Paramedics head north to help First Nations with strained health systems
'We're there to help relieve some of that pressure'
Six Winnipeg paramedics have given up their days off and time with their families to volunteer in remote northern Manitoba communities where health services are being strained by COVID-19.
"We're working with the staff up here, and I can't say enough about the staff that's accepted us up here. And I can't say enough about the communities and the people of these communities that have accepted us. They understand we're here to help," said Ryan Woiden, one of six advanced paramedics who left the city on Dec. 27 and will return on Dec. 30.
"We've just been given tasks, anything that, you know, when it gets a little overwhelming, we're there to help relieve some of that pressure."
Woiden is stationed in Wasagamack with another paramedic, while two each are in Oxford House and Shamattawa
In his regular duties in Winnipeg, Woiden is president of Manitoba Government and General Employees' Union Local 911, which represents paramedics, but he says the deployment up north has nothing to do with union business.
"We're up here on the invite from the First Nation and Inuit Health Branch [of the federal government]," he said.
"I guess they had contacted Shared Health Manitoba and asked if there was any advance care paramedics that were were available to come up and help with the staffing levels up here — that they could really use some extra set of hands up here."
The invite went around and Woiden and the other five paramedics answered the call.
"We all happen to work in Winnipeg right now, but that's not necessarily required. It just so happened that advance care paramedics from Winnipeg had the time and wanted to come up here and help," he said.
They've been helping assess patients' needs, setting bones, aiding with any medications to be administered, such as starting IVs, and assisting with any emergencies that may arise.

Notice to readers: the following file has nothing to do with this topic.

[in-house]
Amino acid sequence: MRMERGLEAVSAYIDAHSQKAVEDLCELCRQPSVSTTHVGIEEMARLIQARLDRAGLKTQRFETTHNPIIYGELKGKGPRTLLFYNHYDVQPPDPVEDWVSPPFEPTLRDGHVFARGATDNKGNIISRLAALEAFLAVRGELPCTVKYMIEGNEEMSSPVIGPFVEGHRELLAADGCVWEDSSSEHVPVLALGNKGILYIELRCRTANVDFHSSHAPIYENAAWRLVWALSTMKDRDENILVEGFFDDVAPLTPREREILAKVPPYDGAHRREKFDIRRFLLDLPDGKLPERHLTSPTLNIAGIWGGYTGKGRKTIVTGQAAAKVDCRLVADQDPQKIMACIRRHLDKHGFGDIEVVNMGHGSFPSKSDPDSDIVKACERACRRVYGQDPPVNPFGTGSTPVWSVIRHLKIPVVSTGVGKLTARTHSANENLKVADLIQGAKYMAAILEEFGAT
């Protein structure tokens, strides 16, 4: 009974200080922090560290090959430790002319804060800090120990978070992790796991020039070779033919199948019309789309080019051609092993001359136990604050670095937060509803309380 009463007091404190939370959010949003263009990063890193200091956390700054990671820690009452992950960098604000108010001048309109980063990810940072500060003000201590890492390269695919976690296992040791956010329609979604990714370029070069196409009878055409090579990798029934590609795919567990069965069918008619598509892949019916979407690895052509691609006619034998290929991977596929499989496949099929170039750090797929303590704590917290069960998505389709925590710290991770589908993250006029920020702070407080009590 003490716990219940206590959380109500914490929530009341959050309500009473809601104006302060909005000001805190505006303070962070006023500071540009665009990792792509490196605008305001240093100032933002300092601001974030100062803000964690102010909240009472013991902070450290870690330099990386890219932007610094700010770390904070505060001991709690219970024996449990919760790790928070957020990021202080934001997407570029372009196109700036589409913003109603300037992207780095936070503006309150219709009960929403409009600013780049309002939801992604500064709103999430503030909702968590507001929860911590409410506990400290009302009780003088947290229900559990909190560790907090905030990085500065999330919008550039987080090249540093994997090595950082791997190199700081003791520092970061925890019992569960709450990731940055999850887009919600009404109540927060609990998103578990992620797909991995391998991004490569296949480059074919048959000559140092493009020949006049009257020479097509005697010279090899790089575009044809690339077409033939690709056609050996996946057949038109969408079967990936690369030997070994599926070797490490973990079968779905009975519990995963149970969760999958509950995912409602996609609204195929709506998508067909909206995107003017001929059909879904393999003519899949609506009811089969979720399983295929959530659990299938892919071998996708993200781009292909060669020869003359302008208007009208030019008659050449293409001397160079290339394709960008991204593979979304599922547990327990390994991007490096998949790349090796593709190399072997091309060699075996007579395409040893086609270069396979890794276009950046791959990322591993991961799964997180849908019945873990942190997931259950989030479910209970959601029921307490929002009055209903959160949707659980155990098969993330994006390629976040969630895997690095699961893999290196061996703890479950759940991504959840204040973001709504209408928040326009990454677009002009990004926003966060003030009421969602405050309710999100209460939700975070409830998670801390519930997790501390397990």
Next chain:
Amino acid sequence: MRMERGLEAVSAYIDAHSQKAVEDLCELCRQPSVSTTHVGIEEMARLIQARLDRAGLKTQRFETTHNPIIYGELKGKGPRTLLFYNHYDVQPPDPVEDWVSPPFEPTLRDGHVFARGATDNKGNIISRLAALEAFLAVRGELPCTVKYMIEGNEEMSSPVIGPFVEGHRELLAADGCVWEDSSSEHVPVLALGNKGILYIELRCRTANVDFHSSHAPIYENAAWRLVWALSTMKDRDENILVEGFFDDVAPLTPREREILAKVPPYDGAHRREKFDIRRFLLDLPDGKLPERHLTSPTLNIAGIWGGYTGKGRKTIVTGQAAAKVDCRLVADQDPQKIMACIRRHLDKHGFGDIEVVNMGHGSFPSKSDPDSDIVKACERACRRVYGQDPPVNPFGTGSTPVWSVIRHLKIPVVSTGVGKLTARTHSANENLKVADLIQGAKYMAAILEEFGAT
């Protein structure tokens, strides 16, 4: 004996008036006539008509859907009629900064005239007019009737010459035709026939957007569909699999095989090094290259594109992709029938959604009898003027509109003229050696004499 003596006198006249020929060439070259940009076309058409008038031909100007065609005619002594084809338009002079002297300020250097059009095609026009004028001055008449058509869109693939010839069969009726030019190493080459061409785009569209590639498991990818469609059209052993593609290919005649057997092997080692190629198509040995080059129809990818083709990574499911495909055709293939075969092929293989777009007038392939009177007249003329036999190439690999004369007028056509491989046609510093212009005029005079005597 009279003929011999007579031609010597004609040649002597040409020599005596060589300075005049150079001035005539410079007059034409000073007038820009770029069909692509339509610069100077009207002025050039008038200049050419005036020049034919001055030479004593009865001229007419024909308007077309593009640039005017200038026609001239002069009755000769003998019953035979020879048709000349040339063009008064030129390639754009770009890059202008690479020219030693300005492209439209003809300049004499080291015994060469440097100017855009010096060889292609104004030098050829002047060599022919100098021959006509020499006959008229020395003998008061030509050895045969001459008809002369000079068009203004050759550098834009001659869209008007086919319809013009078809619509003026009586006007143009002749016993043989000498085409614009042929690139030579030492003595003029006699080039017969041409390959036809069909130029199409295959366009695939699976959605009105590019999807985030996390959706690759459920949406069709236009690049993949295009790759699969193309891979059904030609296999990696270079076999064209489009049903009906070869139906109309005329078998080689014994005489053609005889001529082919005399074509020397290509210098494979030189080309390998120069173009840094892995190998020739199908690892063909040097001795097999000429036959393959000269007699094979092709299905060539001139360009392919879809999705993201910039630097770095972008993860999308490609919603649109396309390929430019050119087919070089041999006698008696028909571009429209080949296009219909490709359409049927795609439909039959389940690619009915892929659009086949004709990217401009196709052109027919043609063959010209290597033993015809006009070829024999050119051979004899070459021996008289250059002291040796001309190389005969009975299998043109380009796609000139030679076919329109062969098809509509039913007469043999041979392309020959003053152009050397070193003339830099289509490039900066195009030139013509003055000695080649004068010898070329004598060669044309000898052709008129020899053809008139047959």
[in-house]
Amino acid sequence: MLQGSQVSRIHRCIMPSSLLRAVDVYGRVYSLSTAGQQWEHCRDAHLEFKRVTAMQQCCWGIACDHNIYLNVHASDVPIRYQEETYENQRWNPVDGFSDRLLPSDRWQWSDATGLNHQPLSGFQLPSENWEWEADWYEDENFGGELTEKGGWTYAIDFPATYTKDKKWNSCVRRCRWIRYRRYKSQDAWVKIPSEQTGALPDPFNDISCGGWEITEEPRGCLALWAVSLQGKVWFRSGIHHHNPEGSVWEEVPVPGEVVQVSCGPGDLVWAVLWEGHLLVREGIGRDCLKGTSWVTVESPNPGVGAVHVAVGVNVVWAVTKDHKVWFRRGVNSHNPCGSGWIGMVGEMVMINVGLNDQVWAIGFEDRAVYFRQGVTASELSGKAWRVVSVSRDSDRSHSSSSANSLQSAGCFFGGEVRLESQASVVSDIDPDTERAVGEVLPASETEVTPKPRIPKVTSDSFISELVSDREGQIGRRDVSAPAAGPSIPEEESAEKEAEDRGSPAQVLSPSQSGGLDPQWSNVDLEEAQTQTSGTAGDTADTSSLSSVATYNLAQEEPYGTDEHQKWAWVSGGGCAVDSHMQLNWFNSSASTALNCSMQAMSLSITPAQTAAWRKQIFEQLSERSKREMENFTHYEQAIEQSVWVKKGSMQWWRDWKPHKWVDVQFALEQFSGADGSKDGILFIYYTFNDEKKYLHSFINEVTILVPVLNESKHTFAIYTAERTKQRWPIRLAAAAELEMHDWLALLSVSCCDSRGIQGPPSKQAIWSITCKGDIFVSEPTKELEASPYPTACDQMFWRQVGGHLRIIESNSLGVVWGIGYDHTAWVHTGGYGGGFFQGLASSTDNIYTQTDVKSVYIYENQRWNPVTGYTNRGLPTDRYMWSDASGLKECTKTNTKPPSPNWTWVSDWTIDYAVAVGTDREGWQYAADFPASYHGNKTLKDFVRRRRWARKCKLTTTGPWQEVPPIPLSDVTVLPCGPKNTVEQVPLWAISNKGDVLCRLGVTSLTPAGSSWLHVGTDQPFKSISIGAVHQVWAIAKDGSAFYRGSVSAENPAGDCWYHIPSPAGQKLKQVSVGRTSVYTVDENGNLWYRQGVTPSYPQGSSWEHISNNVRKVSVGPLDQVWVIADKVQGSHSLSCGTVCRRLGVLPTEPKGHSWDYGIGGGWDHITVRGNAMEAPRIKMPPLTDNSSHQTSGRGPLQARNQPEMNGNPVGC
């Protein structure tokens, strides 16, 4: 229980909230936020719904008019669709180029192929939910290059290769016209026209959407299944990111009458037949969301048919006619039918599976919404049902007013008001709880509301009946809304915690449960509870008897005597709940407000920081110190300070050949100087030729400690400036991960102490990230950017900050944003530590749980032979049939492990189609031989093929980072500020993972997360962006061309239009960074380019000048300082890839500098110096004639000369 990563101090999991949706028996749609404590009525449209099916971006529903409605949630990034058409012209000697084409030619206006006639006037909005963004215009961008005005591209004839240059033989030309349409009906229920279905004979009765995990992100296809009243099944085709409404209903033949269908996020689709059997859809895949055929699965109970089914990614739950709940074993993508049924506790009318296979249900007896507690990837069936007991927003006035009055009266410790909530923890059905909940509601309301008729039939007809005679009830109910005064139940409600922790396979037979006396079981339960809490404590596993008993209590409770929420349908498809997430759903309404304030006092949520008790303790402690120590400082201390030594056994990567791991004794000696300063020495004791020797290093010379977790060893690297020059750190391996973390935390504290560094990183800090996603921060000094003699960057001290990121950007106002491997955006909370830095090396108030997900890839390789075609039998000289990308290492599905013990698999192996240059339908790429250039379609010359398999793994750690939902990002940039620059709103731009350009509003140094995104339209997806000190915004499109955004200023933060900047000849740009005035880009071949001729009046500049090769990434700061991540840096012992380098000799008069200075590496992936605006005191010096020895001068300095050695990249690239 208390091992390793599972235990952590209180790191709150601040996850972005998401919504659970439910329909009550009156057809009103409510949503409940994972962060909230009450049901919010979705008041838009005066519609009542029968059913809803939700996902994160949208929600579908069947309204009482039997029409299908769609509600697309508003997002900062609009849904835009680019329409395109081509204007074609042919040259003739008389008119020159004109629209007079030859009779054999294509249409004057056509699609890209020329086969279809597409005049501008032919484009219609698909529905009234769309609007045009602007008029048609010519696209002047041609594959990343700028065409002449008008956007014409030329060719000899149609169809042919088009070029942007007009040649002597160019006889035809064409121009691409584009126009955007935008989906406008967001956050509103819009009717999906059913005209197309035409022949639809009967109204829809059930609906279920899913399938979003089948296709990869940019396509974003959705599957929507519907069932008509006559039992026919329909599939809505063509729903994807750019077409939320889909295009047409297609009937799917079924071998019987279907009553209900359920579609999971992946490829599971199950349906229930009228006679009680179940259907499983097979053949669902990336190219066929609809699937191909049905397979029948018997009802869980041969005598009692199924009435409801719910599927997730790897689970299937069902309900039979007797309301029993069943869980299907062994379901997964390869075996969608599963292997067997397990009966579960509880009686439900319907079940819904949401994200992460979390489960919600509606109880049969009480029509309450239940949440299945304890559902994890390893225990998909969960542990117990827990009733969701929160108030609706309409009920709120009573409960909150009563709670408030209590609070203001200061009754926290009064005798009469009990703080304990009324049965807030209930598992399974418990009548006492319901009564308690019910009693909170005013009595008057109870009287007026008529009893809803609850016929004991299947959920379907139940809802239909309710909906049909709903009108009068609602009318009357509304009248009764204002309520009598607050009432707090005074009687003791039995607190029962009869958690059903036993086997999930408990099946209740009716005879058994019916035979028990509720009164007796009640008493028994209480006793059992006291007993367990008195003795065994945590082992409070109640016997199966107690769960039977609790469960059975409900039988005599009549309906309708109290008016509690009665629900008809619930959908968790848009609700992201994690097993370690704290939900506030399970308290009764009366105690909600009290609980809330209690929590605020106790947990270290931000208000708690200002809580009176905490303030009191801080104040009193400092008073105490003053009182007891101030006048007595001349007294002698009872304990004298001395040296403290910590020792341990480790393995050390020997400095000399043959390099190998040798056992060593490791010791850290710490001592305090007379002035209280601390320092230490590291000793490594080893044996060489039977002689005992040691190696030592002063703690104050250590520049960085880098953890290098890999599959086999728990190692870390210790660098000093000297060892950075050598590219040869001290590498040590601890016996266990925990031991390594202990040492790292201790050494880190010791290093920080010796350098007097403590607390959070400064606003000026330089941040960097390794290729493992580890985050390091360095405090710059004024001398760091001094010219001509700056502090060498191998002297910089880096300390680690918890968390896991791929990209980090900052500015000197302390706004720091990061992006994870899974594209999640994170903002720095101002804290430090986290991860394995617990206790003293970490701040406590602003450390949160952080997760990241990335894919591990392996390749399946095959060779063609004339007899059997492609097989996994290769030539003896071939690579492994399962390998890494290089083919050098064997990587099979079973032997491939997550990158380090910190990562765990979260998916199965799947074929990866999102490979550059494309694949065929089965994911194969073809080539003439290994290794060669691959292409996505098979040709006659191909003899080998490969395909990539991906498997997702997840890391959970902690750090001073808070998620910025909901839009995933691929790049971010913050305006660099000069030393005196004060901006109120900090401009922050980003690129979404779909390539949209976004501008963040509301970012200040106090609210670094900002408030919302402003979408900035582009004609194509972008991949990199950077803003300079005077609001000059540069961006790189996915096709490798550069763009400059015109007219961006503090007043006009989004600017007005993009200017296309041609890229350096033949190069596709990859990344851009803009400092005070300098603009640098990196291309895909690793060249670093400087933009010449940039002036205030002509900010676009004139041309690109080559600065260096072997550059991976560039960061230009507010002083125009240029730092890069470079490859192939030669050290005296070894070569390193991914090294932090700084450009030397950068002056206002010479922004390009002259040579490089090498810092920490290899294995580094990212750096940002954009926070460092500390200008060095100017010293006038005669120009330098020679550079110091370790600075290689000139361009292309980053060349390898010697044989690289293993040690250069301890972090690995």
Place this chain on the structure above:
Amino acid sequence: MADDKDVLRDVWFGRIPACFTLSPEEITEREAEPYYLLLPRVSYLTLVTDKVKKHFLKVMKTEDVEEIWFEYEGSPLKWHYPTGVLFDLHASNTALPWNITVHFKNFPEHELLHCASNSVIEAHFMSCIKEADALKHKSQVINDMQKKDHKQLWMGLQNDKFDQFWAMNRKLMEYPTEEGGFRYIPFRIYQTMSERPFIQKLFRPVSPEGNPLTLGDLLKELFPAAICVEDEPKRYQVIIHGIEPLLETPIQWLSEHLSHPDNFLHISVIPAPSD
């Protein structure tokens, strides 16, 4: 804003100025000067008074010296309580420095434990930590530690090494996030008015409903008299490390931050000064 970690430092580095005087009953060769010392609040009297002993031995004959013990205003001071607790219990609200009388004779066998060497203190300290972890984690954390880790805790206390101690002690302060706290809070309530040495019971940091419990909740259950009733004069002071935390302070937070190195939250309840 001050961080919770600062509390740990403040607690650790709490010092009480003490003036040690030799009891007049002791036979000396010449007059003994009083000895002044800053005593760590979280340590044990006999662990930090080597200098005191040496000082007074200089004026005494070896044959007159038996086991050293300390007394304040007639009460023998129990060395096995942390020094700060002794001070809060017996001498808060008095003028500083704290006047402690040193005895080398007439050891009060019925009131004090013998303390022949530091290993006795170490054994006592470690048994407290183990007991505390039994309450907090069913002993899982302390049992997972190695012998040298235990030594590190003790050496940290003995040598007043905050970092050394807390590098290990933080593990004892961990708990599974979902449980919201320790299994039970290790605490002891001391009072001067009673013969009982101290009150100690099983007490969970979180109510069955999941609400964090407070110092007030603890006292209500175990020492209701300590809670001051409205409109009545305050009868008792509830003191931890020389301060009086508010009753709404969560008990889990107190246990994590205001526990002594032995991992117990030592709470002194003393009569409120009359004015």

They've also been providing COVID-19 swab tests after being trained through a program at Red River College in Winnipeg.
"It's helpful when you have an extra set of hands to take care of the people that are lining up at the back door trying to get a swab," Woiden said. "They can just assign us to that, or they can have us inside to the nursing station helping out with individual cases."
In the context of COVID-19, many procedures require extra precautions that take a little extra time — something the regular nursing staff in the communities doesn't have these days.
"And that's kind of where we can step in," Woiden said. "Since we've been up here, even just such a short time, in the first 24 hours we've been extremely busy."
It was difficult for all six paramedics to leave their families, even if it is just for a few days, Woiden says.
"We didn't just all just jump at it. We all made sure we did the right thing and ask our spouses and our families how they feel about it. Of course, they know, with us being paramedics, the passion that we have for this," he said, adding that based on the feedback from nursing staff in the communities, it was the right choice.
"The staff here has indicated that it would be helpful if this would be something that could happen more often in the future, and I can't repeat that enough," Woiden said.
"It's something that we [as paramedics] have as a skill set, as an education, and we want to do this. So, yeah, if that can help, if we can continue this future, I think that would be a positive step for health care in Manitoba."